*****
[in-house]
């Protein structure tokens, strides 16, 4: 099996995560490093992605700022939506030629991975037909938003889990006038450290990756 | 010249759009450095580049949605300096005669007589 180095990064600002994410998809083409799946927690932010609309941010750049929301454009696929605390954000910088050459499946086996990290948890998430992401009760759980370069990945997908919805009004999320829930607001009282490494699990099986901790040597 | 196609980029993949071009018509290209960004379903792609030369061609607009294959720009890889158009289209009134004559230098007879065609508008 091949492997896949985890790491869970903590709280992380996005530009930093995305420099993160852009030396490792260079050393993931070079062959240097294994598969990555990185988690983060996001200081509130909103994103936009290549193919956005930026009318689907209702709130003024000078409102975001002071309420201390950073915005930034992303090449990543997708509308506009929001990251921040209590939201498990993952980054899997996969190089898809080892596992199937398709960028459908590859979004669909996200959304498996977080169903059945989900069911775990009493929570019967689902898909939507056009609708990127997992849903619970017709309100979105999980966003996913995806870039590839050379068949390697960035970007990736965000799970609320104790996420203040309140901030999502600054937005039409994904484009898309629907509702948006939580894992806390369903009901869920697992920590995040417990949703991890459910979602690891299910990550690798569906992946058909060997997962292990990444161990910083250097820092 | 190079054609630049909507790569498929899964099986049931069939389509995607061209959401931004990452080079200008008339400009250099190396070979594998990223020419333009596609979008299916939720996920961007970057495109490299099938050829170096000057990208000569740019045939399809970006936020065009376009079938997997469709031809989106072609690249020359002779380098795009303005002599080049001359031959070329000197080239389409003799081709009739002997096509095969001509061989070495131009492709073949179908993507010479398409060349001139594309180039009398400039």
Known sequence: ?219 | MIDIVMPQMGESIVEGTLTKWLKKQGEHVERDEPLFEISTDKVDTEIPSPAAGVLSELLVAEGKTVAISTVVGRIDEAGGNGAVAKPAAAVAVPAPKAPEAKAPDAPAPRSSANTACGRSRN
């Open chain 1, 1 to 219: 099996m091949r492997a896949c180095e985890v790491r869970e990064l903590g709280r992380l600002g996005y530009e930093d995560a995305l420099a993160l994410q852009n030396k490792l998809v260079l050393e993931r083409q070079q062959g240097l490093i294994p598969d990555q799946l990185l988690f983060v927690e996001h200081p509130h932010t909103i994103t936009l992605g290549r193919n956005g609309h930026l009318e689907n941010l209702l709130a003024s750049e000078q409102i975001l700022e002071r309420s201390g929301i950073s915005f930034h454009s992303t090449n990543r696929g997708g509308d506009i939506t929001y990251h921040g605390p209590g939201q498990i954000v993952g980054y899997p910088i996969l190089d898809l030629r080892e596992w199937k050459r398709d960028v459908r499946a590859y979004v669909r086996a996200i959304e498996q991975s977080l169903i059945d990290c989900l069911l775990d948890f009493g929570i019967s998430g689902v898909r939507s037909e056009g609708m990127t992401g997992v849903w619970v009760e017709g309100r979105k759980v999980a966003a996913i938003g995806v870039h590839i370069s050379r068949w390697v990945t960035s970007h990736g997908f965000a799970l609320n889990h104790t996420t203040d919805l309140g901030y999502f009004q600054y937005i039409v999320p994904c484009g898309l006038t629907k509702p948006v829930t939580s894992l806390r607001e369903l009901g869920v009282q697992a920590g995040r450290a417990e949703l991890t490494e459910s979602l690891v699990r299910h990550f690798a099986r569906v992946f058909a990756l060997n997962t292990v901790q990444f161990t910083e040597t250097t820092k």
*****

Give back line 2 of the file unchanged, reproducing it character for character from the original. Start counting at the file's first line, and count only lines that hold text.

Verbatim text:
């Protein structure tokens, strides 16, 4: 099996995560490093992605700022939506030629991975037909938003889990006038450290990756 | 010249759009450095580049949605300096005669007589 180095990064600002994410998809083409799946927690932010609309941010750049929301454009696929605390954000910088050459499946086996990290948890998430992401009760759980370069990945997908919805009004999320829930607001009282490494699990099986901790040597 | 196609980029993949071009018509290209960004379903792609030369061609607009294959720009890889158009289209009134004559230098007879065609508008 091949492997896949985890790491869970903590709280992380996005530009930093995305420099993160852009030396490792260079050393993931070079062959240097294994598969990555990185988690983060996001200081509130909103994103936009290549193919956005930026009318689907209702709130003024000078409102975001002071309420201390950073915005930034992303090449990543997708509308506009929001990251921040209590939201498990993952980054899997996969190089898809080892596992199937398709960028459908590859979004669909996200959304498996977080169903059945989900069911775990009493929570019967689902898909939507056009609708990127997992849903619970017709309100979105999980966003996913995806870039590839050379068949390697960035970007990736965000799970609320104790996420203040309140901030999502600054937005039409994904484009898309629907509702948006939580894992806390369903009901869920697992920590995040417990949703991890459910979602690891299910990550690798569906992946058909060997997962292990990444161990910083250097820092 | 190079054609630049909507790569498929899964099986049931069939389509995607061209959401931004990452080079200008008339400009250099190396070979594998990223020419333009596609979008299916939720996920961007970057495109490299099938050829170096000057990208000569740019045939399809970006936020065009376009079938997997469709031809989106072609690249020359002779380098795009303005002599080049001359031959070329000197080239389409003799081709009739002997096509095969001509061989070495131009492709073949179908993507010479398409060349001139594309180039009398400039």